Prevention of macrovascular disease in patients with short-duration type 2 diabetes by multifactorial target control: an 8-year prospective study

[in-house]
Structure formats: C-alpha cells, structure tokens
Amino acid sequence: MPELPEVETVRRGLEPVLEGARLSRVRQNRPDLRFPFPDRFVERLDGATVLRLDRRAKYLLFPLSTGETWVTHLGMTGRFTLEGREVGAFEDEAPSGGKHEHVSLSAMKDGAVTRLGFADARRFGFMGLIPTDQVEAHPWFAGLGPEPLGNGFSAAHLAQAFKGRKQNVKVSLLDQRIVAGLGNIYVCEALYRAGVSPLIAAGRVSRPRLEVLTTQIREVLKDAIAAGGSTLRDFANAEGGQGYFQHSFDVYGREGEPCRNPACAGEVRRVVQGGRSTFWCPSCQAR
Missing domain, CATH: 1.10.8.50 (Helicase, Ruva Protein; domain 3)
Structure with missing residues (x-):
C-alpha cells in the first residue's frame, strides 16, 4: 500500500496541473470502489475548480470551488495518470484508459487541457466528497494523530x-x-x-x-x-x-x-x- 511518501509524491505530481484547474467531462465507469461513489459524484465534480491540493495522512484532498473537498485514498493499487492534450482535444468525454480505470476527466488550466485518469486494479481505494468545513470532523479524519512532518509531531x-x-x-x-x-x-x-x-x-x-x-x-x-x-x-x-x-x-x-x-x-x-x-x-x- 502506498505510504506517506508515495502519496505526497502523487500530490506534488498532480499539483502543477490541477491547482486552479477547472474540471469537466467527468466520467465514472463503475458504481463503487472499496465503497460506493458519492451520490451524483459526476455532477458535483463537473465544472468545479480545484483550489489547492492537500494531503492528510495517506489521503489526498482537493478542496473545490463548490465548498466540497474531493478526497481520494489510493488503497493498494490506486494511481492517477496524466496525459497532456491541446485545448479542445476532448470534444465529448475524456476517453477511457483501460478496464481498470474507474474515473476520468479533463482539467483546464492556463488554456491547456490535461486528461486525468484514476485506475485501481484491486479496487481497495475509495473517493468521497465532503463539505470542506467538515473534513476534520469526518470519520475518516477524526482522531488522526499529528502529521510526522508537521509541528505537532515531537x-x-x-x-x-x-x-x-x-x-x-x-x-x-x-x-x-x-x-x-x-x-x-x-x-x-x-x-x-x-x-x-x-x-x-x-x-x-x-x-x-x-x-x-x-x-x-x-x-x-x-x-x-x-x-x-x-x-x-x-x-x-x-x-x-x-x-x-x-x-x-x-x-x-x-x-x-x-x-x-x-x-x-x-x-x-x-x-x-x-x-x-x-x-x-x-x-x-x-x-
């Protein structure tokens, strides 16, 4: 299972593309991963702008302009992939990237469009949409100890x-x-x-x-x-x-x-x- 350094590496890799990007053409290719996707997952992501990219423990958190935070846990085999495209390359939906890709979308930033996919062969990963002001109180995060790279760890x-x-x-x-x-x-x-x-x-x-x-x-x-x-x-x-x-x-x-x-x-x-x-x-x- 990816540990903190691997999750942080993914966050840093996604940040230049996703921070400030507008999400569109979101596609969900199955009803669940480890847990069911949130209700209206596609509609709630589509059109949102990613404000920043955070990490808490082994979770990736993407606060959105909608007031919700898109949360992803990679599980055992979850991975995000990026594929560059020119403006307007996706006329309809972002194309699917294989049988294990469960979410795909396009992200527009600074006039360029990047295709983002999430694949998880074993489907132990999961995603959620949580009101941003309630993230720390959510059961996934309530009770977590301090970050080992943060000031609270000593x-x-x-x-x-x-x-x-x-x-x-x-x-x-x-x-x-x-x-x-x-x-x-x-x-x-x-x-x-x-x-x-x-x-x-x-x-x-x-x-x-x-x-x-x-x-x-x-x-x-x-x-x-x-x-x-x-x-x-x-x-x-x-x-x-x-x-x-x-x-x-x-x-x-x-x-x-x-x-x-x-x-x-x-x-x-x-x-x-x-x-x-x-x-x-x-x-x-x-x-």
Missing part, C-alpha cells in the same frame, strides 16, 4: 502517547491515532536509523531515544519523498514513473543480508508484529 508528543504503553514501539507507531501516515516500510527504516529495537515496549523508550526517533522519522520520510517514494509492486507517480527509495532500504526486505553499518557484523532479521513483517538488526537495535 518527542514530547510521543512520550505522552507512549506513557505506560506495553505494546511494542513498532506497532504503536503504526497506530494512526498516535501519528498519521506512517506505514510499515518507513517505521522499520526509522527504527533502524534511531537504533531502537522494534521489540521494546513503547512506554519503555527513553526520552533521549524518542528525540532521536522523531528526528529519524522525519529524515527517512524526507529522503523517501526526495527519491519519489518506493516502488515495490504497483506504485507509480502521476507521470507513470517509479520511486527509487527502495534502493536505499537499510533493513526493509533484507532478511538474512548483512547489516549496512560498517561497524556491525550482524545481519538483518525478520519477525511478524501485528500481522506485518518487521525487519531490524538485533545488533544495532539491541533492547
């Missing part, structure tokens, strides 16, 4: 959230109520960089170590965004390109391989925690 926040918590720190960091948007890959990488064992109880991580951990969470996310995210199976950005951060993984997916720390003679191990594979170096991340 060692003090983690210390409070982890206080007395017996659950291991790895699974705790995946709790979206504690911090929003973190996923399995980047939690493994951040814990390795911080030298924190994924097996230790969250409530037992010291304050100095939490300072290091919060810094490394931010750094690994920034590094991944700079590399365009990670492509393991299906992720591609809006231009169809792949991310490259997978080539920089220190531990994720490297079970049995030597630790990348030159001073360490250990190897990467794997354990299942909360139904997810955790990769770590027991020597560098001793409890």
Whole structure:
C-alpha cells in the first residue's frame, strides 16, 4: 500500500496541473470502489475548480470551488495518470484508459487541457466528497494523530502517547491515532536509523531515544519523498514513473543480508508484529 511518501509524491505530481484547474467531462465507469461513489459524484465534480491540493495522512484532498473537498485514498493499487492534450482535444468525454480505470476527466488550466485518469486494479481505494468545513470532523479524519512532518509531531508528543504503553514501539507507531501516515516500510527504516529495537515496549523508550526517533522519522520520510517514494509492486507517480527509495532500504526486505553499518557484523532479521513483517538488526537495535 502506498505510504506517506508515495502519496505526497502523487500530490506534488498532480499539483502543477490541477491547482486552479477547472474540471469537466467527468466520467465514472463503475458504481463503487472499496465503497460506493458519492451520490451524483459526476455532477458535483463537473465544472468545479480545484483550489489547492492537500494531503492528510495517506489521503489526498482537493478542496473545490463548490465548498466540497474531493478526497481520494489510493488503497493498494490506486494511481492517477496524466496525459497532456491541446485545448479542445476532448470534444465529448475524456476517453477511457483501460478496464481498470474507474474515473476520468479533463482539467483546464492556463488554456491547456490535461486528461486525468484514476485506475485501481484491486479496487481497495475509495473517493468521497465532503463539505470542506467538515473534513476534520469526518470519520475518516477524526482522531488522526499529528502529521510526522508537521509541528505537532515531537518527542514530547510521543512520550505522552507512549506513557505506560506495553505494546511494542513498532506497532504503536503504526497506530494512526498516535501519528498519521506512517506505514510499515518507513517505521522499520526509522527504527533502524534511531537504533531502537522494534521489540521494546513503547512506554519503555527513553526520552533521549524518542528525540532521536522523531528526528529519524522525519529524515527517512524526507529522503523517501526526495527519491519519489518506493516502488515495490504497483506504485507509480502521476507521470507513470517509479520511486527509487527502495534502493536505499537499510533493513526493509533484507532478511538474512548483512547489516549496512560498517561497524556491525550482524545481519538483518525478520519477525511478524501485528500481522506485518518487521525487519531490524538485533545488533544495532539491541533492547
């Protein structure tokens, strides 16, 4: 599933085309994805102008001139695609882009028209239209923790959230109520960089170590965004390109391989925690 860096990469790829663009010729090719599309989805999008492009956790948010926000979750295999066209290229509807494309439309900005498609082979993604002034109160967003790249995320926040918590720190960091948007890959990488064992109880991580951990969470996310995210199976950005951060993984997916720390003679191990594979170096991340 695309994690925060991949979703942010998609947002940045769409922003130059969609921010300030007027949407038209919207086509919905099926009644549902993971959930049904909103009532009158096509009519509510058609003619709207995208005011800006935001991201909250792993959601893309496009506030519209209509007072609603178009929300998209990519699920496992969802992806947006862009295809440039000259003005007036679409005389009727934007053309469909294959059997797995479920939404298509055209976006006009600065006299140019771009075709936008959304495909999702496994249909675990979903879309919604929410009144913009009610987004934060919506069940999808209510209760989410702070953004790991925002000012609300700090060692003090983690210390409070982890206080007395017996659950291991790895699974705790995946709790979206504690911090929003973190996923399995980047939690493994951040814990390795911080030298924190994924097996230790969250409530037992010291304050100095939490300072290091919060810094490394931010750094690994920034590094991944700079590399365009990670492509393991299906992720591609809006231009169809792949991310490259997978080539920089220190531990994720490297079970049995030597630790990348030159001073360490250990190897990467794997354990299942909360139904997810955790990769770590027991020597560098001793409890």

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A longitudinal prospective study was undertook to investigate the effect of multifactorial target control, recommended by the American Diabetes Association (ADA), on macrovascular disease in patients with short-duration type 2 diabetes. Patients who were newly diagnosed with type 2 diabetes or within 1 year and had no previous vascular diseases or atherosclerosis plaques were enrolled in the present study. All patients received multifactorial intervention, with pharmacologic therapy targeting hyperglycemia, hypertension, dyslipidemia, along with secondary prevention of vascular disease with aspirin when necessary according to the ADA recommendation. Patients were followed up for 8 years (2002–2010). The ultrasounds of arteries (carotid, iliac and femoral arteries) were measured every year. The primary endpoint was the time to the first occurrence of atherosclerosis plaques of the arteries. The second endpoint was clinical evidence of cardiovascular diseases. One hundred and forty-three patients were recruited, and the mean age was 50 (6.92) years. During the study, atherosclerosis plaques occurred in 49 patients. Systolic blood pressure less than 130 mmHg [hazard ratio (HR), 0.236; 95 % confidence interval (CI) 0.076–0.734; P = 0.013] and fasting plasma glucose less than 7 mmol/l (HR, 0.457; 95 % CI 0.210–0.994; P = 0.048) were significantly associated with decreased onset of atherosclerosis plaques. Simultaneous target control of systolic blood pressure and fasting plasma glucose reduced the risk of atherosclerosis plaques by 18 % (P = 0.097) and cardiovascular diseases by 16 % (P = 0.046). Multifactorial target treatment in patients with short-duration type 2 diabetes can effectively reduce the risk of macrovascular complications.